Posted Wednesday, Dec. 5, 2012, at 2:33 PM
Yesterday, as he told conservatives the tale of his purge from key committees, Rep. Tim Huelskamp warned that Barack Obama was coming after the debt limit. In his first serious offer of the "fiscal cliff" negotiation, the president asked for the debt limit to be eliminated, full stop, as part of a deal. "That's the only leverage we have for four years," said Huelskamp.
It does sound like a complete dealbreaker, but it's barely being discussed. At a pro forma "27 days left!" press conference today, Democratic senators were asked whether they needed a permanent debt limit hike in a cliff deal. Wouldn't they lose their leverage without it? Wouldn't they be in the position, in February 2013 or so, of acceding to more Republican cuts?
"I don't see how that would be the case at all," shrugged Sen. Debbie Stabenow.
"I think they learned their lesson with the debt ceiling," said Sen. Chuck Schumer. "I don't think it's leverage for them at all. The whole thing turned around in 2011 when it looked like they might let the U.S. default on its debt obligations. The whole thing turned around and we began to get the upper hand."
Just an hour later, some Republicans who'd gotten word of this announced their counter-counter threat. Rep. Jon Fleming and Rep. Cynthia Lummis, two relative backbenchers, told reporters that they were gathering signatures for a debt limit resolution so fresh and hot that it didn't have an official name yet. The non-binding proposal, which hadn't yet been shown to leadership, put it as "resolved" that "the Congress should retain its authority vested in Article 1, Section 8 of the Constitution to 'borrow money on the credit of the United States."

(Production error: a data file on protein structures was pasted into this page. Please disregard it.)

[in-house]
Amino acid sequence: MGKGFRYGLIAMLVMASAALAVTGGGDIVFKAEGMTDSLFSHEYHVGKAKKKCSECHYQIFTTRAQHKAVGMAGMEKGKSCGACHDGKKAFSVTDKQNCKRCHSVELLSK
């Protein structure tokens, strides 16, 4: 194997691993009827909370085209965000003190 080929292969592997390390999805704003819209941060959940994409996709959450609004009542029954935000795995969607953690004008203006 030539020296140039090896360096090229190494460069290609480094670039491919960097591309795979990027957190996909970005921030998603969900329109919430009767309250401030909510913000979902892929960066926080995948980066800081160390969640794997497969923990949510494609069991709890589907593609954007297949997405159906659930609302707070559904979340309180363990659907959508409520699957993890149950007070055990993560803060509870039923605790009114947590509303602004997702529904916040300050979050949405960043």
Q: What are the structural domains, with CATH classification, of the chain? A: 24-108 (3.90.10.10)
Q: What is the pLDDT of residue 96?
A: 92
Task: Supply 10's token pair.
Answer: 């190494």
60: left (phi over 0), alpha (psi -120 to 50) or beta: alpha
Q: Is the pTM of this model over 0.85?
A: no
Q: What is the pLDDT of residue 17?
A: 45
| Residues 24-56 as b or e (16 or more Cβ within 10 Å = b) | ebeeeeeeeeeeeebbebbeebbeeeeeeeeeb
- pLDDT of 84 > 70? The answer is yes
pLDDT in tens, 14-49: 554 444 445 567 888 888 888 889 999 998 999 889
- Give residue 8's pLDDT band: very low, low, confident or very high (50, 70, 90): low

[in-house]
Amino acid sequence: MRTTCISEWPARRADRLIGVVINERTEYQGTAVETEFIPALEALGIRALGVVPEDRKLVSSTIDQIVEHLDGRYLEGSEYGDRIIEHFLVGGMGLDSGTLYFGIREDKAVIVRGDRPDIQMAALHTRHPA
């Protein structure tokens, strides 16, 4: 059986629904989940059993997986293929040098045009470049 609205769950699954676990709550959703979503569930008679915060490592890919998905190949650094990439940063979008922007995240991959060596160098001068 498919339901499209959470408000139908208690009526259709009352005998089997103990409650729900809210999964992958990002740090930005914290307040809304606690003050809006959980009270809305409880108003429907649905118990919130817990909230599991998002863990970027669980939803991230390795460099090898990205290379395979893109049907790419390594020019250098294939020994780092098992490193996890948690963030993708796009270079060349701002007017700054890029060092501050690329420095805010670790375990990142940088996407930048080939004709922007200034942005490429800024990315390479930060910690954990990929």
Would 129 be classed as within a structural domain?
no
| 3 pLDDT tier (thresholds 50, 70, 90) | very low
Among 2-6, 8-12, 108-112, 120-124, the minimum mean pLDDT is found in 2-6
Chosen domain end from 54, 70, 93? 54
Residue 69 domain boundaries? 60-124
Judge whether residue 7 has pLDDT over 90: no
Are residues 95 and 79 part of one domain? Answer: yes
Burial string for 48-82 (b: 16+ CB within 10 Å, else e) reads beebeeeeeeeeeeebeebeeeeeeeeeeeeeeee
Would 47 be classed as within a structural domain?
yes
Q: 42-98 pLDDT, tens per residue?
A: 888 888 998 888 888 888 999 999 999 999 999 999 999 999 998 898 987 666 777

Reporters quickly saw the problem with this. The White House isn't asking the Congress to give up its powers to spend or issue debt. It's asking that the debt limit, a relatively recent invention, be eliminated. The debt will go as high as Congress determines, but there'll be no more votes to extend the borrowing authority.
"Have you ever seen us not borrow up to the debt limit?" said Lummis, after a reporter pointed this out.
"Yes, but that wouldn't be the president's fault," said the reporter. "It would be the Congress's fault."
"That's exactly right," she said. "It's also a check on the Congress."
In 2011, Republicans helped push the White House back on threats to just ignore the debt limit by arguing the constitutionality of that move. I asked Fleming whether the White House's new demand was constitutional.
"It's constitutional if we give it to him," he said. "That is by admission on his part that it is our privilege, our power, under the Constitution. He just wants us to turn it over to him."